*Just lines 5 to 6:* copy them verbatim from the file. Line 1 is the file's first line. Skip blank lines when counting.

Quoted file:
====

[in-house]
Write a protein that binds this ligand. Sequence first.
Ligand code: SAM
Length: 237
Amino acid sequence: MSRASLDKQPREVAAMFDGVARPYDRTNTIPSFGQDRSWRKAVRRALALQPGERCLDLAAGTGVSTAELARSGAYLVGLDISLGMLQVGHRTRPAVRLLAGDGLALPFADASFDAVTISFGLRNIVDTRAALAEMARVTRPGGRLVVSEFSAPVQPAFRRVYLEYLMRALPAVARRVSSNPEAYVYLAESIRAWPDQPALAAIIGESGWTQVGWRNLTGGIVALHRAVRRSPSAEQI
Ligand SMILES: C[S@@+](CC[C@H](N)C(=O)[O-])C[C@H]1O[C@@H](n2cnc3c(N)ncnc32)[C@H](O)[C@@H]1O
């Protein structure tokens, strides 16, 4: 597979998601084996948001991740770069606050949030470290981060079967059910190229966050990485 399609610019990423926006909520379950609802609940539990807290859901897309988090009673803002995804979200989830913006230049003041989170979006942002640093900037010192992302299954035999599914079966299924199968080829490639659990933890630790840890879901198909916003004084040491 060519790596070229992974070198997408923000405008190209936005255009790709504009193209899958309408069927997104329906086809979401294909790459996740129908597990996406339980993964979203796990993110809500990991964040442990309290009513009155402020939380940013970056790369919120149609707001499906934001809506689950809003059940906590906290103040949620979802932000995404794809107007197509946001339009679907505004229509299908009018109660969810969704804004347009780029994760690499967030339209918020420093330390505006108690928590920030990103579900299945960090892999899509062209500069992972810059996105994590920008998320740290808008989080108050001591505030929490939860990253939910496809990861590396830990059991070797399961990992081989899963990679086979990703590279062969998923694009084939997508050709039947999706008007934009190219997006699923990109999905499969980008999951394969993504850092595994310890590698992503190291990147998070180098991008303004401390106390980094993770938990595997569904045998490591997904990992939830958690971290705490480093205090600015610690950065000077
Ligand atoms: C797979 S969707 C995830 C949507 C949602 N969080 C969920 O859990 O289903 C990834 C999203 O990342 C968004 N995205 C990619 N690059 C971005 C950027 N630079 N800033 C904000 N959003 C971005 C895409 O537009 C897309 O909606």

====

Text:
Amino acid sequence: MSRASLDKQPREVAAMFDGVARPYDRTNTIPSFGQDRSWRKAVRRALALQPGERCLDLAAGTGVSTAELARSGAYLVGLDISLGMLQVGHRTRPAVRLLAGDGLALPFADASFDAVTISFGLRNIVDTRAALAEMARVTRPGGRLVVSEFSAPVQPAFRRVYLEYLMRALPAVARRVSSNPEAYVYLAESIRAWPDQPALAAIIGESGWTQVGWRNLTGGIVALHRAVRRSPSAEQI
Ligand SMILES: C[S@@+](CC[C@H](N)C(=O)[O-])C[C@H]1O[C@@H](n2cnc3c(N)ncnc32)[C@H](O)[C@@H]1O